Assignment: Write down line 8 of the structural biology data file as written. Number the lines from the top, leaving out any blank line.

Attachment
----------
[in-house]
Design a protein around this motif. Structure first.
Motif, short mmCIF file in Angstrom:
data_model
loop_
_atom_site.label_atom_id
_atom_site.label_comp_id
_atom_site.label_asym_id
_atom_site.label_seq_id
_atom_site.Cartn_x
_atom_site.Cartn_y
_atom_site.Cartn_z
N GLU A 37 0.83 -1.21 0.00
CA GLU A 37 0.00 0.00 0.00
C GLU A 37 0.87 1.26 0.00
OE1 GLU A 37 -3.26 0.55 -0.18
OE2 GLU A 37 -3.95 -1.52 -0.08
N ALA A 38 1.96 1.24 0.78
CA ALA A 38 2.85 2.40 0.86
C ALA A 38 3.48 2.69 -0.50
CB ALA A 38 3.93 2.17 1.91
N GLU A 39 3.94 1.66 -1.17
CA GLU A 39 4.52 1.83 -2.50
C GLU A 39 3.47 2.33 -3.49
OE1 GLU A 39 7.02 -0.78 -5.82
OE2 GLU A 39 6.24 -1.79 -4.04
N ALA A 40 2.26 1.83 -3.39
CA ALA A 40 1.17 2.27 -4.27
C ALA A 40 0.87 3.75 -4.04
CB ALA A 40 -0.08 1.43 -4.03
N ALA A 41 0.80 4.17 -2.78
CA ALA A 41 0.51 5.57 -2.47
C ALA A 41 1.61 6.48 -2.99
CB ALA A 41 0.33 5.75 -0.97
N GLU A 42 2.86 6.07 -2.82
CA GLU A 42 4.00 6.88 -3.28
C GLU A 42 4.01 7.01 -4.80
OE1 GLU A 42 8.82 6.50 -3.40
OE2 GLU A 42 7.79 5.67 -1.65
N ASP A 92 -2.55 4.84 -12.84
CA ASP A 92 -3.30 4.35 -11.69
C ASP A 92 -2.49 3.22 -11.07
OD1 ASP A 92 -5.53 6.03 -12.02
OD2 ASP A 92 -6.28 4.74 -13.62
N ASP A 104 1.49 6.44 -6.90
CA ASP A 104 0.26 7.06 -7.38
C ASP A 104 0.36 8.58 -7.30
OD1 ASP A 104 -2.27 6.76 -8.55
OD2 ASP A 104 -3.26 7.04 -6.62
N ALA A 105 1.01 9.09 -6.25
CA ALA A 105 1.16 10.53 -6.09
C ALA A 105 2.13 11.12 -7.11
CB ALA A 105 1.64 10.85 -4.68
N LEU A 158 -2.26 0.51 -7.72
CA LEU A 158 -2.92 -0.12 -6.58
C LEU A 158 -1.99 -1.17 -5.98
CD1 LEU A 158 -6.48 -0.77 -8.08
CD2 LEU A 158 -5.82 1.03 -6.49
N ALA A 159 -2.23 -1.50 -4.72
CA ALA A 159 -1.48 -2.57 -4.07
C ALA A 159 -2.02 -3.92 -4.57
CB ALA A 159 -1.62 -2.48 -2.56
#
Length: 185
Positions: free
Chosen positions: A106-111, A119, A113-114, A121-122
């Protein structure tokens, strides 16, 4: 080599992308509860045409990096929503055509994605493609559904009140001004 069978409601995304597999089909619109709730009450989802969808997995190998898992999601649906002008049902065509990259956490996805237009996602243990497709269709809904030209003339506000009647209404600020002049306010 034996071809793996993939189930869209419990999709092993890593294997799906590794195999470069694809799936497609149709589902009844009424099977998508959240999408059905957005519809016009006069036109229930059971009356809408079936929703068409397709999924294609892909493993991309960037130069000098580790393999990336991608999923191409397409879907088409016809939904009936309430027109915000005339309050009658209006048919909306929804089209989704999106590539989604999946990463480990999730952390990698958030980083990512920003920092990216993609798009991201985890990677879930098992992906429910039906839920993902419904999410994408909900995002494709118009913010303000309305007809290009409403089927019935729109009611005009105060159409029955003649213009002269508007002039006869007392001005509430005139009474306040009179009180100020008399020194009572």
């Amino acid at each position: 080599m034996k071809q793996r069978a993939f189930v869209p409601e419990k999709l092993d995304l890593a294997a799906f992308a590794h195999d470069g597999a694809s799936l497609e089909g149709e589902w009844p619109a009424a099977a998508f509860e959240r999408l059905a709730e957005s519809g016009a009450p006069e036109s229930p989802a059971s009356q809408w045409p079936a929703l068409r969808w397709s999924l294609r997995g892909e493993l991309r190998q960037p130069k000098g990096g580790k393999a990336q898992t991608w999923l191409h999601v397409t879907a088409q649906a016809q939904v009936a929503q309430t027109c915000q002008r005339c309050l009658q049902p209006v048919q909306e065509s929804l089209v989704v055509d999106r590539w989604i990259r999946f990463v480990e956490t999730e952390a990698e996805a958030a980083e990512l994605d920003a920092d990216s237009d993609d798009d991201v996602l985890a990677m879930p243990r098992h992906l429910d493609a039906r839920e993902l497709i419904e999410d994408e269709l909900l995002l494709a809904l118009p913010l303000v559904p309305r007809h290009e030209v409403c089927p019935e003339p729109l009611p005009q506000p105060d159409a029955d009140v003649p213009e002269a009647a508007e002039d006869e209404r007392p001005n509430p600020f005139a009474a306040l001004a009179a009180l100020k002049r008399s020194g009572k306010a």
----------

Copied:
_atom_site.label_asym_id